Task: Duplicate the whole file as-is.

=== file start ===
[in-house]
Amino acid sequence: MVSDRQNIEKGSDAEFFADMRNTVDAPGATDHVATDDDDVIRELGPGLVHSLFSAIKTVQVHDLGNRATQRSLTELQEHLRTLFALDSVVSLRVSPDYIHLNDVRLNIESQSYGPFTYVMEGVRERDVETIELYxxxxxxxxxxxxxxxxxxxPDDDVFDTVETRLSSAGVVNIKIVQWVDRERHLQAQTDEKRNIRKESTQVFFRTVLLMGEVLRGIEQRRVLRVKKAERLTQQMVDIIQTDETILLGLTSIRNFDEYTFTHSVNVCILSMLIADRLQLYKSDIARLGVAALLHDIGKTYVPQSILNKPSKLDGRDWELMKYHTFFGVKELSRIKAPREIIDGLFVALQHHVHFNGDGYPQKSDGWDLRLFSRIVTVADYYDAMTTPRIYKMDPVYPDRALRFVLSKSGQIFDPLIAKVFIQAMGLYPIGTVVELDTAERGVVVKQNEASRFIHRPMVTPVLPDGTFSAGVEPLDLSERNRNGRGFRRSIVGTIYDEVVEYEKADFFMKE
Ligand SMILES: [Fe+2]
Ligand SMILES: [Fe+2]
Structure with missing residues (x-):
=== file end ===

[in-house]
Amino acid sequence: MVSDRQNIEKGSDAEFFADMRNTVDAPGATDHVATDDDDVIRELGPGLVHSLFSAIKTVQVHDLGNRATQRSLTELQEHLRTLFALDSVVSLRVSPDYIHLNDVRLNIESQSYGPFTYVMEGVRERDVETIELYxxxxxxxxxxxxxxxxxxxPDDDVFDTVETRLSSAGVVNIKIVQWVDRERHLQAQTDEKRNIRKESTQVFFRTVLLMGEVLRGIEQRRVLRVKKAERLTQQMVDIIQTDETILLGLTSIRNFDEYTFTHSVNVCILSMLIADRLQLYKSDIARLGVAALLHDIGKTYVPQSILNKPSKLDGRDWELMKYHTFFGVKELSRIKAPREIIDGLFVALQHHVHFNGDGYPQKSDGWDLRLFSRIVTVADYYDAMTTPRIYKMDPVYPDRALRFVLSKSGQIFDPLIAKVFIQAMGLYPIGTVVELDTAERGVVVKQNEASRFIHRPMVTPVLPDGTFSAGVEPLDLSERNRNGRGFRRSIVGTIYDEVVEYEKADFFMKE
Ligand SMILES: [Fe+2]
Ligand SMILES: [Fe+2]
Structure with missing residues (x-):